The FBI has made the fugitive member of a black militant group convicted of murdering a US state trooper, now living in Cuba, the first woman to feature on its list of most wanted terrorists.
The reward for the capture and return of Joanne Chesimard, now living as Assata Shakur, has been doubled to $2m (€1.52m).
The move comes on the 40th anniversary of the bloody gun battle.
New Jersey State Police Superintendent Col Rick Fuentes said at a news conference: "She continues to flaunt her freedom in the face of this horrific crime."
The US Justice Department has offered a $1m (€762,000) reward for information leading to her capture.
The additional money is being put up by the state of New Jersey.
Chesimard is a member of the violent Black Liberation Army.
She was convicted of the 1973 murder of Werner Foerster during a traffic stop.
The BLA was responsible for killing more than a dozen police officers in the 1970s and 1980s, agent Aaron Ford of the FBI's Newark division said.
According to police, Foerster and his partner stopped a car carrying Chesimard and two others for a broken tail light.
When the troopers approached the car, a gunfight ensued and both troopers were injured.
Chesimard then took Foerster's gun and shot him twice in the head as he lay on the ground.
She was convicted in 1977 but escaped from prison in November 1979 with the help of accomplices.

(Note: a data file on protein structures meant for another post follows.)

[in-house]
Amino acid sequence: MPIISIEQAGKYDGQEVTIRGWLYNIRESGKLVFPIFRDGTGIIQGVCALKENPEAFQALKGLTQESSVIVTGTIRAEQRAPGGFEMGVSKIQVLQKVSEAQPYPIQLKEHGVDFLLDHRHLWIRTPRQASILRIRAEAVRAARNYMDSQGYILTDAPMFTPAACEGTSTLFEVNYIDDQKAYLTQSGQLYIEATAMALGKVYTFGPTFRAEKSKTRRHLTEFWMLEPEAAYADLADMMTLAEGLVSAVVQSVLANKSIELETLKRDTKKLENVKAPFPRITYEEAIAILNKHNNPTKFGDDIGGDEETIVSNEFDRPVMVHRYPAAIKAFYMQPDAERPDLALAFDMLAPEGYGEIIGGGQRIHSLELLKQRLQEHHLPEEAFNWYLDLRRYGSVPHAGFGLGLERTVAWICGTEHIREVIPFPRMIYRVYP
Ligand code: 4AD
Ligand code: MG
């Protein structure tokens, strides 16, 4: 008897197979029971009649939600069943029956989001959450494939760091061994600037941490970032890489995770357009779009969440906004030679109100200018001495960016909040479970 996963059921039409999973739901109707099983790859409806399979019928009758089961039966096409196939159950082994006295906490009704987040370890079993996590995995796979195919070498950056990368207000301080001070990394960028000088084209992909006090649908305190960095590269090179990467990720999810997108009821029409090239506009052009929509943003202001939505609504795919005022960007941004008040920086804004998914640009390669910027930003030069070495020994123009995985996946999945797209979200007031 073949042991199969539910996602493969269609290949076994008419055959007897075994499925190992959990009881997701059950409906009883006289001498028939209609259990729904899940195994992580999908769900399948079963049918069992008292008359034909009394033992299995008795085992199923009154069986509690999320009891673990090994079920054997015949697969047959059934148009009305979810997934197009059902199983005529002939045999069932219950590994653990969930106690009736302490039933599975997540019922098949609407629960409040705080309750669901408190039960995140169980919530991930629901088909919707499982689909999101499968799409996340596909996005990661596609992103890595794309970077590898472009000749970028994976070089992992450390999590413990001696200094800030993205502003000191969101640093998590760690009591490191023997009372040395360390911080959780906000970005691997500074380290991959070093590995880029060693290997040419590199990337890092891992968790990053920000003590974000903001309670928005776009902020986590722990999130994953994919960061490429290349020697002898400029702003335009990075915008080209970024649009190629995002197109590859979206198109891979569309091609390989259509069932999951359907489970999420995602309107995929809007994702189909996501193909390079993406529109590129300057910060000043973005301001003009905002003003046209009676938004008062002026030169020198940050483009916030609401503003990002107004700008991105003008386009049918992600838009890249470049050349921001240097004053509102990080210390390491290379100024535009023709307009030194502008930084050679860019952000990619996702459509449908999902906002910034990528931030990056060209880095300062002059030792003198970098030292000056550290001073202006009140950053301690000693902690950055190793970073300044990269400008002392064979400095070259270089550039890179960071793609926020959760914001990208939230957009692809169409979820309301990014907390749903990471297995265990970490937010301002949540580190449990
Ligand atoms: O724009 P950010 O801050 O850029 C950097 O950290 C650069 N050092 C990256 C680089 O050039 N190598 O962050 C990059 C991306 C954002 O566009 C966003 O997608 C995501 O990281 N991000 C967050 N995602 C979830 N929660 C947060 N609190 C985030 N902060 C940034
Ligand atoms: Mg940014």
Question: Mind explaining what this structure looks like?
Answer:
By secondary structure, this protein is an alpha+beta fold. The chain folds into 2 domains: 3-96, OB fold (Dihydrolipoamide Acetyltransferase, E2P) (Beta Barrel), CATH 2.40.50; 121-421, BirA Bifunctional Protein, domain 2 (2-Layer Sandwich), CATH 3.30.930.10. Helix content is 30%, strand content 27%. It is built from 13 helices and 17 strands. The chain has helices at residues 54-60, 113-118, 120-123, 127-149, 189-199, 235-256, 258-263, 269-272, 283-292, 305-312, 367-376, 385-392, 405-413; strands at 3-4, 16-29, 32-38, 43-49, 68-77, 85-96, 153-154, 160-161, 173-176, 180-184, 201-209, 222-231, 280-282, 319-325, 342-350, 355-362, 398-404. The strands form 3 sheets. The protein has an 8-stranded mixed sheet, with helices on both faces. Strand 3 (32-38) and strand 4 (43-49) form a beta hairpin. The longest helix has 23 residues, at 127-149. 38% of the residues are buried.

She spent the next few years living in safe houses before surfacing in Cuba in 1984, Col Fuentes said.
In Cuba, Chesimard has continued to espouse her anti-US views in speeches advocating "revolution and terrorism".
It is thought that she may have connections to other international terrorist organisations, Mr Ford said.
Chesimard is believed to be one of dozens of US fugitives living in Cuba, many of them one-time members of militant groups.
Cuba does not have an extradition agreement with the US because of the chilly relations between the two countries over the last five decades, but the climate appears to be slowly changing.
In recent years, Cuba has deported some fugitives back to the US, including one man convicted of mail fraud and another sought on child pornography charges.
This month, the country returned a Florida couple accused in a custody dispute of kidnapping their two children and sailing to Cuba.
The Cuban government had no immediate comment on yesterday's announcement.
This week, the State Department said it has no plans to remove Cuba from a list of state sponsors of terrorism that also includes Iran, Syria and Sudan.
Cuba has denied links to terrorism.